Peter Tosh is without a doubt one of the greatest artists of our time and is arguably the greatest reggae artist of all time. However, one has to wonder if the “Stepping Razor” did not hurt his career because of his uncompromising personality.
Tosh was the only Reggae artist that would dare to go on a stage donning the Palestinian keffiyeh, playing a guitar shaped like a Kalashnikov and singing; “I don’t want peace, I want equal rights and justice… Palestinians want equal rights and justice.”
Tosh’s choice of headgear, guitar and his lyrics inserted him dead smack in the middle of the Palestinian-Israeli conflict where the Rasta was no longer only chanting for Black liberation but he wanted equal rights and justice for oppressed people all over the world.
The problem with Tosh siding with the oppressed Palestinians is that the man responsible for his career growth, Chris Blackwell, was a Jew. Now imagine a Jew having a pro-Palestinian’s best interest at heart. It is safe to say that Peter Tosh did not achieve greatness because of Chris Blackwell; he achieved it in spite of Blackwell. However, it is safe to assume that had Tosh softened his stance and compromise a bit, his career could have reached the highest of heights.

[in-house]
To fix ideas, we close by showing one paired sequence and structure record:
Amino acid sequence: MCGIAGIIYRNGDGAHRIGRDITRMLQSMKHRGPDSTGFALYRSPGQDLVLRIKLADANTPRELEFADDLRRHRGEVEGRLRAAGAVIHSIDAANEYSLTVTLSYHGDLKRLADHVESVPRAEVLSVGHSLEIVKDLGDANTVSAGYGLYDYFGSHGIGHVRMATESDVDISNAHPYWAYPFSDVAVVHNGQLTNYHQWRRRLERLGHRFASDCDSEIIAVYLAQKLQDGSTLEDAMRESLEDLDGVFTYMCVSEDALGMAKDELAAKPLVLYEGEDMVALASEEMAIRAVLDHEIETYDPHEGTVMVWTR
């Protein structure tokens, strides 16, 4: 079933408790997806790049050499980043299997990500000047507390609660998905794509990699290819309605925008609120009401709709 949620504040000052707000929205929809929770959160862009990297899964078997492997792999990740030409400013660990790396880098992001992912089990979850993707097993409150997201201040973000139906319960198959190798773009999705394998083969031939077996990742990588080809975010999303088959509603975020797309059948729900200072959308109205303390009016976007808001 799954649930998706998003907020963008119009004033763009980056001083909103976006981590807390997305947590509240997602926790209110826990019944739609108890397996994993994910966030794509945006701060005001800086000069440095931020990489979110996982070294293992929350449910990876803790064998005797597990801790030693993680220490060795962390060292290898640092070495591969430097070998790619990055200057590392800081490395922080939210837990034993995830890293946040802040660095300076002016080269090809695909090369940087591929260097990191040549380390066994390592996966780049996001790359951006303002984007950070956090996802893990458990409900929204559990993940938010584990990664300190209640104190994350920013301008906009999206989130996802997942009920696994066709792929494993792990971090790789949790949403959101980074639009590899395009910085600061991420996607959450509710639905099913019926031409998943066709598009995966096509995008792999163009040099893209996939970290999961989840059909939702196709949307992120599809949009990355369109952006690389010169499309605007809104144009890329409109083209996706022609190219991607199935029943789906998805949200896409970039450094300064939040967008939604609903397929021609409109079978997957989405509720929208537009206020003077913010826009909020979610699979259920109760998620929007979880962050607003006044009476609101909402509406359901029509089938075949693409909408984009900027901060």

Michael Johnson who was one of Tosh’s stage managers told 18 Karat Reggae that even after leaving Blackwell’s Island label, Tosh was instructed to tone it down a bit in order to become more marketable to the mainstream but African musical warrior refused to budge.
“Peter was told to either drop the Kalashnikov guitar or stop wearing the Palestinian keffiyeh,” Johnson said.
“He was even told to remove the line ‘Palestinians want equal rights and justice’ from the song because people around him understood who runs the music business,” Johnson continued.
While it is true that Tosh’s career would have been even greater if he was not so compromising, the truth is, if his personality was any different, he would not be the Peter Tosh we know and love.
It is probably safe to say that Tosh would never attempt to be less militant in order to make more money. Maybe Sizzla Kalonji says it best; we can’t let them destroy the “love for luxury”.